Indian Open: Mary Kom enters final; all-Indian final in seven men’s categories

Another World Championships, another historic medal for MC Mary Kom. On Thursday, she defeated Rio Olympics bronze medallist Ingrit Valencia of Colombia with a 5-0 verdict to assure herself of her first Worlds medal at 51kg, and her eighth overall, becoming the most successful boxer at the event. Legendary boxing coach BI Fernandez was on the sidelines at the men’s national championship in Baddi, Himachal Pradesh when news broke of Mary’s latest milestone.

“She is a very excellent boxer. She uses her experience, and the spirit has always been there,” said Fernandez, who worked with Mary before the London Olympics. “That bronze changed the course of history in India. Here, I am not too sure about a gold. But one thing I know is to never count Mary out.”

In the semifinals on Saturday, Mary will be up against second-seeded Busenaz Cakiroglu of Turkey, the reigning European Champion and European Games gold medallist. Fernandez smirks when one brings up Felix Savon. The Cuban great, a six-time World champion, was the most successful pugilist at the event before Mary left him behind.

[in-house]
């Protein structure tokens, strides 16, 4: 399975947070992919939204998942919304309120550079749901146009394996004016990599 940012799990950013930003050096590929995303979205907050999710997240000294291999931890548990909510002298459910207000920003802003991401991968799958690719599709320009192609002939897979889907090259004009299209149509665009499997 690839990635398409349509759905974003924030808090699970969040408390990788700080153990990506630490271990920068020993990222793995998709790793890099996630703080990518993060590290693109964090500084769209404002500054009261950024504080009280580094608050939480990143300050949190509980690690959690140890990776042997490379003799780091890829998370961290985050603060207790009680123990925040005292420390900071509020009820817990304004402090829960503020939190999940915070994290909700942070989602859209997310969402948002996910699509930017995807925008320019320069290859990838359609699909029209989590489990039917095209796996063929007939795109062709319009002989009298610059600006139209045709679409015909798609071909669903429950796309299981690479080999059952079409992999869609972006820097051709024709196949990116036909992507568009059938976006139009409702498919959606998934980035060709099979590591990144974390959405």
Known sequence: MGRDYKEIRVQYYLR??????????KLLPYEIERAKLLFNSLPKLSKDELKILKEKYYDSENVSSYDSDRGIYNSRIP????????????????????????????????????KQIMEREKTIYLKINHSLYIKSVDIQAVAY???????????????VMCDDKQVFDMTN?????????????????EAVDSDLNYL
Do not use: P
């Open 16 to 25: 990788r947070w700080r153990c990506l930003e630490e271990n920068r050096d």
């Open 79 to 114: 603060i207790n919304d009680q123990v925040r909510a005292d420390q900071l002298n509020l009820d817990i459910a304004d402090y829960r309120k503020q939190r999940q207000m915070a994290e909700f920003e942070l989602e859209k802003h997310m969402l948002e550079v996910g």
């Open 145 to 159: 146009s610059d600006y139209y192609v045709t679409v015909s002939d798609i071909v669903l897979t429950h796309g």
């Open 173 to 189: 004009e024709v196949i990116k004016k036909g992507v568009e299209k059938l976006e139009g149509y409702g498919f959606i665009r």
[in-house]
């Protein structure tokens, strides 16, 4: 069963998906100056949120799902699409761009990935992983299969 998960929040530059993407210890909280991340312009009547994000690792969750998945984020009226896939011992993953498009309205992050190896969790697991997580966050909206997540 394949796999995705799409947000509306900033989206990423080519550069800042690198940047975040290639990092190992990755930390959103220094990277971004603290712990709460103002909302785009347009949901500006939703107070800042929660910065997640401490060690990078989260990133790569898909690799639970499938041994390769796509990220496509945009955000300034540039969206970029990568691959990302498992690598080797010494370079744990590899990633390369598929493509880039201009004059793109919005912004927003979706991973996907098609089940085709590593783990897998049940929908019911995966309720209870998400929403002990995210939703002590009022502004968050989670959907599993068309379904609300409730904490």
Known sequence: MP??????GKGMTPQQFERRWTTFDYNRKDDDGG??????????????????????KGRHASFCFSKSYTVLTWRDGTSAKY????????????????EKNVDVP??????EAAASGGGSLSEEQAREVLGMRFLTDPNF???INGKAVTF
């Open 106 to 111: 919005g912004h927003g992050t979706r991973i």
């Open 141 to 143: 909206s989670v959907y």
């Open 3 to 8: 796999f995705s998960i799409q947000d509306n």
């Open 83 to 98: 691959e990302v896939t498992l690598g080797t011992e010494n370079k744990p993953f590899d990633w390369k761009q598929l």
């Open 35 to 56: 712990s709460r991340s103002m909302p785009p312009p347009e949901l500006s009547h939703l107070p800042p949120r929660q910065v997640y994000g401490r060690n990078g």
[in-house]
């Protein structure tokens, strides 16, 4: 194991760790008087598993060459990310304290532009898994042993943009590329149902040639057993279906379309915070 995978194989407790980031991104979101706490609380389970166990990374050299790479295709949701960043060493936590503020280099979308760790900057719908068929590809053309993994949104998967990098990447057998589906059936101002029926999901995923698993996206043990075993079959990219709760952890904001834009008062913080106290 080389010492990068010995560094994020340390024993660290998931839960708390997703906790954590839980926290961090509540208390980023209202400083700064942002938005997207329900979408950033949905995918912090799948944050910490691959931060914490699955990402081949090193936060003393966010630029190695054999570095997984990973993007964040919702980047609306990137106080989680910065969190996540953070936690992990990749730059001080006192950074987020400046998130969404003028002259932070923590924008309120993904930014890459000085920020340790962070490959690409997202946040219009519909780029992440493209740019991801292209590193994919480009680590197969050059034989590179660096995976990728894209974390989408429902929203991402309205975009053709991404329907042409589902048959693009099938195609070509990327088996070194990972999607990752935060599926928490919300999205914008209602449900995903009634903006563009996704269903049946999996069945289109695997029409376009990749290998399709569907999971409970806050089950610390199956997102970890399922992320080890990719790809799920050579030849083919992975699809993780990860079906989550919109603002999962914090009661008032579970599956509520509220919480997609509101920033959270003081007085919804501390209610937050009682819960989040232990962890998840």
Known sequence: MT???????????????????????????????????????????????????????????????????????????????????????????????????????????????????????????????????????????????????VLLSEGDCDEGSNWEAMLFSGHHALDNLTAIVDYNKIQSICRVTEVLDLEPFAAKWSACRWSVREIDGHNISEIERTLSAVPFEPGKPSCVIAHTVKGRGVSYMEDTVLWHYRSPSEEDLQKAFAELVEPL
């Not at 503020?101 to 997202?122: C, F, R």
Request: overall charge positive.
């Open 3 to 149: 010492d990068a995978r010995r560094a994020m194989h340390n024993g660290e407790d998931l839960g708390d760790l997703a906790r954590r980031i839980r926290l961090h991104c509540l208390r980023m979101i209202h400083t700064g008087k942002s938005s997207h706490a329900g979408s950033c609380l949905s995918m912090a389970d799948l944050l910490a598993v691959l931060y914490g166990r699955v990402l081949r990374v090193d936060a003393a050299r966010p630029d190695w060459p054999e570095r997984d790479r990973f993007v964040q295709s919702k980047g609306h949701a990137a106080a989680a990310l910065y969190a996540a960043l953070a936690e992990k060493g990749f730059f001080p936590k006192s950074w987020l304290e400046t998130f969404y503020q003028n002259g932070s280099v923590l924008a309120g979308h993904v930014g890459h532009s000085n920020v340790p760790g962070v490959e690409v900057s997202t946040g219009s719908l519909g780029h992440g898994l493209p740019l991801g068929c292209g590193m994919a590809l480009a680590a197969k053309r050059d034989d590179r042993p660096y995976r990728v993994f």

“Felix was sensational,” said his compatriot Fernandez (who laughingly declares he’s more Indian than Cuban now, thanks to his two-decade-plus experience in the country where he remains the only non-Indian coach to be conferred the Dronacharya award). “All-time great is tough to say for Mary. But in women’s boxing, she definitely is.”

Not a gauge for Tokyo success

The medal glut at the World Championships might not necessarily translate into a similar result at the Olympics next year. The International Olympic Committee took away the Olympic qualification status of the boxing worlds because of the administrative problems within its governing body. Consequently, most boxers had to rejig their targets and the qualifiers in February have assumed priority. While a medal at World Championships is no doubt prestigious, the level of intensity at the qualifiers and then at the Olympics is expected to be much higher. What the medal at Worlds ensures, however, is an automatic spot for the qualifying tournament, as per Boxing Federation of India’s policy. The Asia/Oceania Olympic Qualifiers will be held in Wuhan, China, from February 3-14.